Nature club members and birders from Canada, the United States, Latin America and the Caribbean participate in the annual Christmas Bird Count (CBC) on any one day between December 14 and January 5. Volunteers count birds found within a circle with a diameter of 24 km (15 miles) and it has become an annual tradition for Jean and I. In the Niagara Region, we lend our assistance to 3 Christmas Bird Counts.
The first is the St. Catharines CBC. This year it was held on Sunday December 18. Our group was slightly larger this year and we required two vehicles to cover the rural roads of West Lincoln. John (section coordinator) and Katherine accompanied Dan in his car while Jean and I joined Denys in his van. Birds were spotted as we drove along and at the prime spots, we would exit the vehicles and walk for short distances to pick off birds in the brush, in trees, and at feeders.
The morning temperatures were below freezing. There was little snow and we did have some sun during the first couple of hours of our count. Sufficient sun to create an atmospheric phenomenon known as a sun dog. John (a retired physics professor) directed our attention to the shiny light formed by ice crystals in high and cold cirrus clouds. From what I recall, I don't think I have ever noticed these bright spots in the past. So, shortly after starting the count at 8:00 am (no owl prowls for us), I had a lifer sun dog.
During the 6 hours of birding the group found a total of 34 species. The Northern Shrike was quite the sight, but even better for Jean and I, our group observed 2 Ring-necked Pheasant. A bird that Jean and I needed for the year list. I had spotted a male pheasant in west St. Catharines early in the year for my bird-a-day challenge, but the introduced species did not make the year list since Jean was not with me at the time. In addition to the pheasant, Jean spotted a chicken-like bird running along the lawn in front of us and then disappear into the tall grass. Jean described it as being similar to a Bobwhite and we waited for it to emerge from the brush. We soon discovered the wait was not needed. In a small rectangular fenced enclosure, we spotted 11 Chukars. The mystery bird was an escaped Chukar, another introduced species found in rocky terrain of the western United States. Though countable in Colorado, the free-range Chukar seen in West Lincoln, Ontario was not. I have no problem counting the pheasants for my list though. They could easily be wild birds that are attracted to the feed set out for the domesticated Chukars.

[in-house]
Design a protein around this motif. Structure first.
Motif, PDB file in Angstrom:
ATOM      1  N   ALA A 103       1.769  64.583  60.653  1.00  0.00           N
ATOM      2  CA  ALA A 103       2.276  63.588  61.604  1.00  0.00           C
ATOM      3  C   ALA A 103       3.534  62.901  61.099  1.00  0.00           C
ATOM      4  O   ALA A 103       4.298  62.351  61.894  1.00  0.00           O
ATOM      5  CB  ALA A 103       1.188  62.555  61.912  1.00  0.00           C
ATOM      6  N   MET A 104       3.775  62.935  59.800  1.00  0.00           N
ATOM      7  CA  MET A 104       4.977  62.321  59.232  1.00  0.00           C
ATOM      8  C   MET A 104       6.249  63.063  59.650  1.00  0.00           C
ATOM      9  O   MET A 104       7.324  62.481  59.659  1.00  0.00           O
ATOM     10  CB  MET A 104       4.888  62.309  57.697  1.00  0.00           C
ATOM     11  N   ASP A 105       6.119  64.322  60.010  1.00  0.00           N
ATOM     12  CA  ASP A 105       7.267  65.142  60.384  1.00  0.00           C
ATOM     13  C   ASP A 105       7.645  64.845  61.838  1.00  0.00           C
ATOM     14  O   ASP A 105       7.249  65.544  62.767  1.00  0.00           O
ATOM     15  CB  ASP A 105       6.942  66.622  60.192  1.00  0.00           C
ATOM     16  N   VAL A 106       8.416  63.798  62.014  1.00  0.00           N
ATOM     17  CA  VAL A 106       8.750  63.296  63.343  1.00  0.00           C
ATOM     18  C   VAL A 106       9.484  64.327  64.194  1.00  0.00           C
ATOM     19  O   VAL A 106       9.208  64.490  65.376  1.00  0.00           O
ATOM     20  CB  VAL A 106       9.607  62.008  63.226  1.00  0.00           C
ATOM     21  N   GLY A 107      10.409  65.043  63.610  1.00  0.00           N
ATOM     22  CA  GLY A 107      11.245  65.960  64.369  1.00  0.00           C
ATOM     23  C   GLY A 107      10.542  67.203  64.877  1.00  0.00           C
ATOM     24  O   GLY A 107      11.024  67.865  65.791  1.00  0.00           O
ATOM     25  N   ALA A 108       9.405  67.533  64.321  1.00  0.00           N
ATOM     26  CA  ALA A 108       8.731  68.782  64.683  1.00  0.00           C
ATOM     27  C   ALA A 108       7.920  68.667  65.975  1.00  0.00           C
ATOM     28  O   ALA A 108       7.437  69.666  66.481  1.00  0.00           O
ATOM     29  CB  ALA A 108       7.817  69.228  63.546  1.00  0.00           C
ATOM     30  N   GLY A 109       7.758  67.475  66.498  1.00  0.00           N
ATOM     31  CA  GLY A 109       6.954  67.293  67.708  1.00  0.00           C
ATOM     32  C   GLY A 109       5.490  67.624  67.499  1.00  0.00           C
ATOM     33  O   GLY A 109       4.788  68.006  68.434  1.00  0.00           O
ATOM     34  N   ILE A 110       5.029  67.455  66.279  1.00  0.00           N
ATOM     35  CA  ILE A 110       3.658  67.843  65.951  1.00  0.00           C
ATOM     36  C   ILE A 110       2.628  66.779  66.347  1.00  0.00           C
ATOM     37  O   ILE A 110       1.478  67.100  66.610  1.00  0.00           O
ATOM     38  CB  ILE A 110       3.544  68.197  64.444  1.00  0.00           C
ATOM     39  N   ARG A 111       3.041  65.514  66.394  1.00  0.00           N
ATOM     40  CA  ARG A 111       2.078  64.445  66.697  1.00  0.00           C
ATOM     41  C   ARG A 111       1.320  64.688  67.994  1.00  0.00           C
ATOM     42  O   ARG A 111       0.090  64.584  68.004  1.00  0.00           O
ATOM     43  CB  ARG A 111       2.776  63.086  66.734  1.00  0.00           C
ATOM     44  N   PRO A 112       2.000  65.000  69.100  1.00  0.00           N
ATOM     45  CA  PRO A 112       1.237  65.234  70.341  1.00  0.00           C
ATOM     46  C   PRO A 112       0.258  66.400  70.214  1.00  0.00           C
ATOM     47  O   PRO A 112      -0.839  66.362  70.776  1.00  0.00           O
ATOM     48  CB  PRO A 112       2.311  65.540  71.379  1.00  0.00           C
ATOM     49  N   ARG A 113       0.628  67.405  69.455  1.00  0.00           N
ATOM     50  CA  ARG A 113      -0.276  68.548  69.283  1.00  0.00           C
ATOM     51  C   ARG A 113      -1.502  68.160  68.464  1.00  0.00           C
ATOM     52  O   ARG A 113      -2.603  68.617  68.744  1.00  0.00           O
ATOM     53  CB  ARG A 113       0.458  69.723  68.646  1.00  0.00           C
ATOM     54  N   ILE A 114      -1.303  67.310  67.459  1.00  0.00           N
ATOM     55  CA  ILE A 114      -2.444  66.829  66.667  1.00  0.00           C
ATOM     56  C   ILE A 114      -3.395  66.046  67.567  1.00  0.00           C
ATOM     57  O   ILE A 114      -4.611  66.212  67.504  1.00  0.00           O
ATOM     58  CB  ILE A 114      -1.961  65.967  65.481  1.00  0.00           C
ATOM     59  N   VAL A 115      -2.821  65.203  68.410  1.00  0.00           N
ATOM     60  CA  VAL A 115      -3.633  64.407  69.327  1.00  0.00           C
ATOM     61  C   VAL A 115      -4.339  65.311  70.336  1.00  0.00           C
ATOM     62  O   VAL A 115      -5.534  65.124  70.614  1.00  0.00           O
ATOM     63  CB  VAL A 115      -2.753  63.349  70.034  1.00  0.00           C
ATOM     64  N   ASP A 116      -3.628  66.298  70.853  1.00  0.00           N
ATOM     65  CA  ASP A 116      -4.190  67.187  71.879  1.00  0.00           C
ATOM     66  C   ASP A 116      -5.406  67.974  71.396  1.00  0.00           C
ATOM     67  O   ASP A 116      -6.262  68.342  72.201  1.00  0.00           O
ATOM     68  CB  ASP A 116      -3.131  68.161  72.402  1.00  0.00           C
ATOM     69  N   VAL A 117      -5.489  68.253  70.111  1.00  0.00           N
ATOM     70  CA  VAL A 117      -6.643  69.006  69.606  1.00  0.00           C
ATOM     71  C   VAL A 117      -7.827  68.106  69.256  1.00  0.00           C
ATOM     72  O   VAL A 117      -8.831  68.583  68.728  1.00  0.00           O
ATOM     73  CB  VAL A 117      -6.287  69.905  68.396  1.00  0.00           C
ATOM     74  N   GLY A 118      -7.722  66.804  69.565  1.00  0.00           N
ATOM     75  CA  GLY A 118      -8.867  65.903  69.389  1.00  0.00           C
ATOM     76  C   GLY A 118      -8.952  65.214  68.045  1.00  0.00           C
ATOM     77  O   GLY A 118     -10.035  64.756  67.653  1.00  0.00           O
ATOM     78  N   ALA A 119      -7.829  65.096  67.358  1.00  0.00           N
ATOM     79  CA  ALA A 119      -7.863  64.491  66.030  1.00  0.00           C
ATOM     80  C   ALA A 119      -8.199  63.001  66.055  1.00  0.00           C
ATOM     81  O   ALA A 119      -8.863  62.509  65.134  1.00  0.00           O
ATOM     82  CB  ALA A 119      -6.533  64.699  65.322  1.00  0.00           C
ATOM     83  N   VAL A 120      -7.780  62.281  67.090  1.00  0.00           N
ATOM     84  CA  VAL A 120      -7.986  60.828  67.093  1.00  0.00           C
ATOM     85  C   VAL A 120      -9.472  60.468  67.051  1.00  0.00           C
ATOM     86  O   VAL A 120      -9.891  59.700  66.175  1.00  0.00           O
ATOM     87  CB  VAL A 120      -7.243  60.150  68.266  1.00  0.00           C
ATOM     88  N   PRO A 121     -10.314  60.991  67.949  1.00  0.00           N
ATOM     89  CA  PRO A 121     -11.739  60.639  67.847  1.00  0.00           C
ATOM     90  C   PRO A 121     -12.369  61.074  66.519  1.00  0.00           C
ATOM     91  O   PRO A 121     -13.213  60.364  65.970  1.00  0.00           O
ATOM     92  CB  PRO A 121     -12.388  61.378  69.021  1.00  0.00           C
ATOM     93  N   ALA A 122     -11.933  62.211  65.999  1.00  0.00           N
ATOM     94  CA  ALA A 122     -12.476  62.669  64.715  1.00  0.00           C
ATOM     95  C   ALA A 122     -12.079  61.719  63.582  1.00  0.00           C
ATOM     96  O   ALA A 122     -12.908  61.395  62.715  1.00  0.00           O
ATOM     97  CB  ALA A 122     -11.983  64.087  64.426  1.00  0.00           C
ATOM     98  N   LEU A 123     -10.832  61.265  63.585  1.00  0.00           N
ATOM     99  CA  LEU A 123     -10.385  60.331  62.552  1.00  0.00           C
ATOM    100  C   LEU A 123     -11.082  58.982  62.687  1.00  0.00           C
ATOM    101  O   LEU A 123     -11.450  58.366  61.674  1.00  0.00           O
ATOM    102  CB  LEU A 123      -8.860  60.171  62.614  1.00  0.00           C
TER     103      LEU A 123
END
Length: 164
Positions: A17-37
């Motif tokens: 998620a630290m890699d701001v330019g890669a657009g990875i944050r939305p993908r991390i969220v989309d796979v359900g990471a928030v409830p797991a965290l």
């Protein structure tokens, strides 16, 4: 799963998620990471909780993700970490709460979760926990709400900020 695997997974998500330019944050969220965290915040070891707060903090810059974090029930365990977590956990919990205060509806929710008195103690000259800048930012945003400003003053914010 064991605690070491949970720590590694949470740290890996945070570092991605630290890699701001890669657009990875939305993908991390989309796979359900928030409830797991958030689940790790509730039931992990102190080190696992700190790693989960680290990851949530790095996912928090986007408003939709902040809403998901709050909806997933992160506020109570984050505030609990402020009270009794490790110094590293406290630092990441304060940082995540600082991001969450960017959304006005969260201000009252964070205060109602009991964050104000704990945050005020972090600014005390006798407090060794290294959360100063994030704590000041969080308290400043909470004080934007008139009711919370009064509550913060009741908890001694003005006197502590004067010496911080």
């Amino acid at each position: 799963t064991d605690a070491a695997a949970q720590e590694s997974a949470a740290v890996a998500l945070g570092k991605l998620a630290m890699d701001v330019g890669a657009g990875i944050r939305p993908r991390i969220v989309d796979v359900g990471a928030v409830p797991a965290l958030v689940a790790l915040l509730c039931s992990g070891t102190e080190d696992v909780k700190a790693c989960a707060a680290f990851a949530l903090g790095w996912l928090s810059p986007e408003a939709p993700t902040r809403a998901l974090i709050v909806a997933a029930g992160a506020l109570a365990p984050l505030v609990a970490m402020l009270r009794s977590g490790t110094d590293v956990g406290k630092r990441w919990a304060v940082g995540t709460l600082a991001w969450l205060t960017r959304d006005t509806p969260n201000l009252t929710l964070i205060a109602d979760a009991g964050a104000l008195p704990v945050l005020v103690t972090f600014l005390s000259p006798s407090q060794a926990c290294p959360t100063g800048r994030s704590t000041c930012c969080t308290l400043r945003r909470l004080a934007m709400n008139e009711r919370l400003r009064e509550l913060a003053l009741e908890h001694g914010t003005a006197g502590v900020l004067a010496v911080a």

While the morning of our count was filled with a variety of birds, the afternoon was disappointing, a "bust" as described by John. Overall, the final tally currently stands at 75 species for the 2011 St. Kitts birding circle and House Wren was a new species for the count. Rather than chase after the wren once we finished work the next day, Jean and I chose to look for the Snowy Owl observed at the Jordan Harbour marina. In 2008, a Snowy Owl was recorded during the count and Jean and I successfully observed our lifer the following day.
The light was fading fast when we arrived at the harbour and so had the Snowy Owl. There's still a possibility of seeing one before the end of the year. There have been many sightings in southern Ontario recently and when the Niagara Falls CBC occurs in less than a week, a stop at the Niagara District Airport before meeting John and the rest of the crew in Niagara-on-the-Lake just might get us #217 for the year.